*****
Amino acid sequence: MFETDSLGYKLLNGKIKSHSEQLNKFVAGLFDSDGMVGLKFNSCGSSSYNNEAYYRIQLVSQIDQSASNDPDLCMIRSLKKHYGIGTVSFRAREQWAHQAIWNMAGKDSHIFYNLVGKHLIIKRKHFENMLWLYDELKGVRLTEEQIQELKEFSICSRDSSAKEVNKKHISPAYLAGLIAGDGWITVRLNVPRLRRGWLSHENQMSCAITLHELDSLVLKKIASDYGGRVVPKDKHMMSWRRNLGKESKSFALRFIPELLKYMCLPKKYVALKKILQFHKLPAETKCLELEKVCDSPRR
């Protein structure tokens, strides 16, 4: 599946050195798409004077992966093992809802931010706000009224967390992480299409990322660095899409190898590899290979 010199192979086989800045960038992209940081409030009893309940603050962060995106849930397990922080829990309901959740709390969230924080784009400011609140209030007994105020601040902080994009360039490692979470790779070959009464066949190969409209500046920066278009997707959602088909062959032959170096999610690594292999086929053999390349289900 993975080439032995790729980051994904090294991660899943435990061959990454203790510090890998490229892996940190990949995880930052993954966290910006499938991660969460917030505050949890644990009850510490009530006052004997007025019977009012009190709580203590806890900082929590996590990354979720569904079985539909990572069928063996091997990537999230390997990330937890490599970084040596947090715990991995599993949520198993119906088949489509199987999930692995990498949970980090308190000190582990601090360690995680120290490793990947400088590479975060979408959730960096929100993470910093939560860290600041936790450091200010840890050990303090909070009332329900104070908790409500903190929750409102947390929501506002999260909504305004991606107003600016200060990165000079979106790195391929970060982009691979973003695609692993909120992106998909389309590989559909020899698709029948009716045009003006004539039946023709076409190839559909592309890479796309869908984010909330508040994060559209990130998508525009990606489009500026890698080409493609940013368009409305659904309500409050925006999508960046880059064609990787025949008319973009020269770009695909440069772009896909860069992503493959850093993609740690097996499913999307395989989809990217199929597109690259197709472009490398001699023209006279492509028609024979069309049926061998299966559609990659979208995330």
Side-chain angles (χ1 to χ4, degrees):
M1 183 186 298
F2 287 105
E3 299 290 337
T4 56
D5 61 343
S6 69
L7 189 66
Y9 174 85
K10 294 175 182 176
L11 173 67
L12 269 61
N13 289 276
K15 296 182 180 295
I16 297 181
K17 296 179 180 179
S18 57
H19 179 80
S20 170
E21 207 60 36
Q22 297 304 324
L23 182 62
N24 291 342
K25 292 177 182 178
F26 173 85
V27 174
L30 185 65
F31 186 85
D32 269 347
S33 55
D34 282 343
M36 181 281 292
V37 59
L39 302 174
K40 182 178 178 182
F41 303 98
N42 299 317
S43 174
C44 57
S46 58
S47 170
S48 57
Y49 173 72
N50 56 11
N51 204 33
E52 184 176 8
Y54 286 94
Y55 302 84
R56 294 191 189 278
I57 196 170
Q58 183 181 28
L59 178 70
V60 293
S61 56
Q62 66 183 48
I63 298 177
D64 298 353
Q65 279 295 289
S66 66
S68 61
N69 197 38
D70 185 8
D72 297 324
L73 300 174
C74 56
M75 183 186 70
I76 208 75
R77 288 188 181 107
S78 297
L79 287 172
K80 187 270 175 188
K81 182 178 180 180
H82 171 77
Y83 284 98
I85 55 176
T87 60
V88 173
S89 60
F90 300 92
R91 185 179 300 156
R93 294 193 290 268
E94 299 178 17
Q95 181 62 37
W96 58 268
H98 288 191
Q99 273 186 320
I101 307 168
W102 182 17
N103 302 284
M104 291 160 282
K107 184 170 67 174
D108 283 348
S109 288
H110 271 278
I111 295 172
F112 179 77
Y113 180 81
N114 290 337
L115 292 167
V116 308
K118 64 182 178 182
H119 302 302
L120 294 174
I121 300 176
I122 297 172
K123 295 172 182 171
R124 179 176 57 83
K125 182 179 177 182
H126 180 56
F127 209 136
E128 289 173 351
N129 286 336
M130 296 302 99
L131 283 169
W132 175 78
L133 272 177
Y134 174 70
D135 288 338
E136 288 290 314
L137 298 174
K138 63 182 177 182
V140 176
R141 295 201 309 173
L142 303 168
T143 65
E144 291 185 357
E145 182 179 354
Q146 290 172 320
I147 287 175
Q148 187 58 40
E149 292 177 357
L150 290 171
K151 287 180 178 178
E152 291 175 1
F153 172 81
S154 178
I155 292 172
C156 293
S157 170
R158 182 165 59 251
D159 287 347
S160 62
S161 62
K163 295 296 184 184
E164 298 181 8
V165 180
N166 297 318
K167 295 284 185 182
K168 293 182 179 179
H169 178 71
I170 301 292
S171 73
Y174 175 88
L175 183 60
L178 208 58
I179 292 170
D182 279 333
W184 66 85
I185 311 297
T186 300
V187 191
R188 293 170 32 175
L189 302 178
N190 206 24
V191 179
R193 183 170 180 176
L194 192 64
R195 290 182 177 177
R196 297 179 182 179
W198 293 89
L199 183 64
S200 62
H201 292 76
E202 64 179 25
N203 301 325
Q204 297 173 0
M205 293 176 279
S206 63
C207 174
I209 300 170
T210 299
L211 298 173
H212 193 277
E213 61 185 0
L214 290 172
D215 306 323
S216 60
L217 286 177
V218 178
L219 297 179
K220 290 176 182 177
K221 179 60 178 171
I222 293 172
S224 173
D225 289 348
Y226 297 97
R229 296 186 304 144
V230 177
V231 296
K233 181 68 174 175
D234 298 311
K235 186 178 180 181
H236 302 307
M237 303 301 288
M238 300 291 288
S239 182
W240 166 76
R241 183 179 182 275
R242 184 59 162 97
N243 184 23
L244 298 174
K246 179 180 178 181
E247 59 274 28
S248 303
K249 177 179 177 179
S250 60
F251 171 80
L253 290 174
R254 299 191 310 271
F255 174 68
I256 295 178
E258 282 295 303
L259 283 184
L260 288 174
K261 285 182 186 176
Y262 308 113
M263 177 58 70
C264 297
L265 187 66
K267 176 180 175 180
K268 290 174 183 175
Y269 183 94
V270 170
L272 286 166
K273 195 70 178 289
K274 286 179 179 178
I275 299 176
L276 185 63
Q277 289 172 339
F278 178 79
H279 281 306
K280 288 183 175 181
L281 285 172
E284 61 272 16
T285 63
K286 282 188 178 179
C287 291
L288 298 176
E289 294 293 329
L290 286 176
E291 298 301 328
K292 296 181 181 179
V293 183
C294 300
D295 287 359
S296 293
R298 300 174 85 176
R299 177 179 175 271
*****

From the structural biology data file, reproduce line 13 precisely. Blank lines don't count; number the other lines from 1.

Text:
L11 173 67